Coastal bioblitz provides living snapshot of sea life along California’s epic coastline


Snapshot Cal Coast (6/13 – 7/4) encourages communities from Del Norte to San Diego to connect with nature and explore the outdoors.

Megan Ely, Media Contact for the California Academy of Sciences

SAN FRANCISCO, CA (June 14, 2022) — This summer, California families have a perfect excuse to connect with nature and explore the beach, all while contributing to biodiversity science and conservation. From now through July 4, annual community science effort Snapshot Cal Coast returns for its seventh year of documenting the wondrous biodiversity along the California coast. This statewide bioblitz aims to explore and document nature beyond the state’s 124 marine protected areas by providing a crucial “snapshot in time” of the entire coastline. The multi-city event is part of the Academy’s Thriving California initiative to stop biodiversity loss and advocate for nature in the Golden State, calling on community scientists of all ages to make and share observations of the wildlife along our iconic—and ever-changing—coast.

Snapshot Cal Coast will include a series of bioblitz events where volunteers record plant, kelp, and animal sightings using the free mobile app iNaturalist, a community science platform powered by the California Academy of Sciences and National Geographic. Strike out on your own, join one of the Academy’s Bay Area bioblitzes, or find an event in your favorite coastal spot.

For both budding and veteran community scientists, participating is a snap:

  1. Download the free iNaturalist app to your mobile device.
  2. Find a local beach, tidepool, or coastal trail that you can access legally and safely.
  3. From now to July 4, take photos to make observations of wild plants, seaweeds, and animals along California’s coast. You can use your phone and the iNaturalist app, or you can use a camera and upload the photos to the iNaturalist website.
  4. Learn more as the iNaturalist community helps identify your observations.

“Community-contributed data is an incredibly powerful tool in monitoring the health of our coasts,” says Academy Co-Director of Community Science Rebecca Johnson. “With the ongoing threats of rising seas and warming temperatures, these real-time observations allow us to track coastal and marine health over time, helping scientists and resource managers to make informed conservation decisions and prevent further biodiversity loss.”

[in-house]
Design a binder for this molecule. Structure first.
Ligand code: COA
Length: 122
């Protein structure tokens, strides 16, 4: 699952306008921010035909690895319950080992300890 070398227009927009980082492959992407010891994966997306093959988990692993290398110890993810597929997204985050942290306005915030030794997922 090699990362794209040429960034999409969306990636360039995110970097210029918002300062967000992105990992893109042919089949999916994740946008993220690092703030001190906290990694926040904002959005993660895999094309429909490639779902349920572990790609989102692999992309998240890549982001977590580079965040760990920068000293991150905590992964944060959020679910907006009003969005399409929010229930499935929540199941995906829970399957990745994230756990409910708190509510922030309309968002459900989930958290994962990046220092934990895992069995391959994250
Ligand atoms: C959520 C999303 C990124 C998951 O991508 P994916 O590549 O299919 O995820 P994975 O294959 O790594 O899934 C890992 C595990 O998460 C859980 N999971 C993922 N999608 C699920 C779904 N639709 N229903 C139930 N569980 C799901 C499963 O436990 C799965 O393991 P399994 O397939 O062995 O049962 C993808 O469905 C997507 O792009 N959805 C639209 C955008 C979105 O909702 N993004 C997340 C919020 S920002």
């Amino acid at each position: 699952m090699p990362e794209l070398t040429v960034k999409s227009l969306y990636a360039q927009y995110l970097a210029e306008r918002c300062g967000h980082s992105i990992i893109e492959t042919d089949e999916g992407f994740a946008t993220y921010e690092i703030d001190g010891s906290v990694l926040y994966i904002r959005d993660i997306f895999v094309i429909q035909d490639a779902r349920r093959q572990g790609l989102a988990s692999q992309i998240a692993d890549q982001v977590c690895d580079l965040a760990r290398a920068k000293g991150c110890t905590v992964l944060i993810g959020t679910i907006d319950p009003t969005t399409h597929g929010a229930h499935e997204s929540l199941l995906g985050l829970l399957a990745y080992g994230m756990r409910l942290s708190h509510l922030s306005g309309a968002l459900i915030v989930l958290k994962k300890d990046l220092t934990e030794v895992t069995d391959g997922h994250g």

The goal of Snapshot Cal Coast is to learn as much as possible about coastal wildlife, but volunteers are encouraged to pay extra attention to the following “most-wanted” species that are affected by emerging diseases, changing ocean conditions, and other introduced species:

Members of the public visiting the coast during Snapshot Cal Coast are asked to observe the following tidepool etiquette:

  1. Observe things where you find them. Never remove animals, rocks, shells, seaweeds, or plants from the tidepools.
  2. Walk gently, taking care to avoid stepping on animals or seaweeds.
  3. Do not “roll” rocks. Animals living on the underside of rocks can only survive there.
  4. Be aware of the wildlife around you and try to minimize disturbances.
  5. Be careful! Tidepools and rocky shorelines are slippery, and tides and waves can catch you off guard. Never turn your back on the ocean.

Snapshot Cal Coast is coordinated by the California Academy of Sciences with support from the California Ocean Protection Council, the California Department of Fish and Wildlife, and the MPA (Marine Protected Area) Collaborative Network. For more information about Snapshot Cal Coast, visit the Academy’s website and view observations here. 

When: June 13 – July 4, 2022

Bay Area Events

Organizing and participating partners

  • California Marine Protected Area Collaborative
  • California Department of Fish and Wildlife
  • California State Parks
  • Elkhorn Slough Reserve
  • Tolowa Dee-ni’ Nation
  • Crystal Cove Conservancy
  • San Diego Natural History Museum
  • Natural History Museum of Los Angeles County
  • Santa Cruz Natural History Museum
  • Rotary Nature Center Friends
  • Lake Merritt Institute
  • Bay Nature
  • San Mateo County Parks
  • Sequoia Audubon
  • San Francisco Recreation and Parks
  • EcoCenter at Heron’s Head Park
  • Port of San Francisco
  • Heal the Bay
  • Catalina Island Conservancy
  • Trinidad Coastal Land Trust
  • Save Our Shores
  • USC Sea Grant
  • Aquarium of the Pacific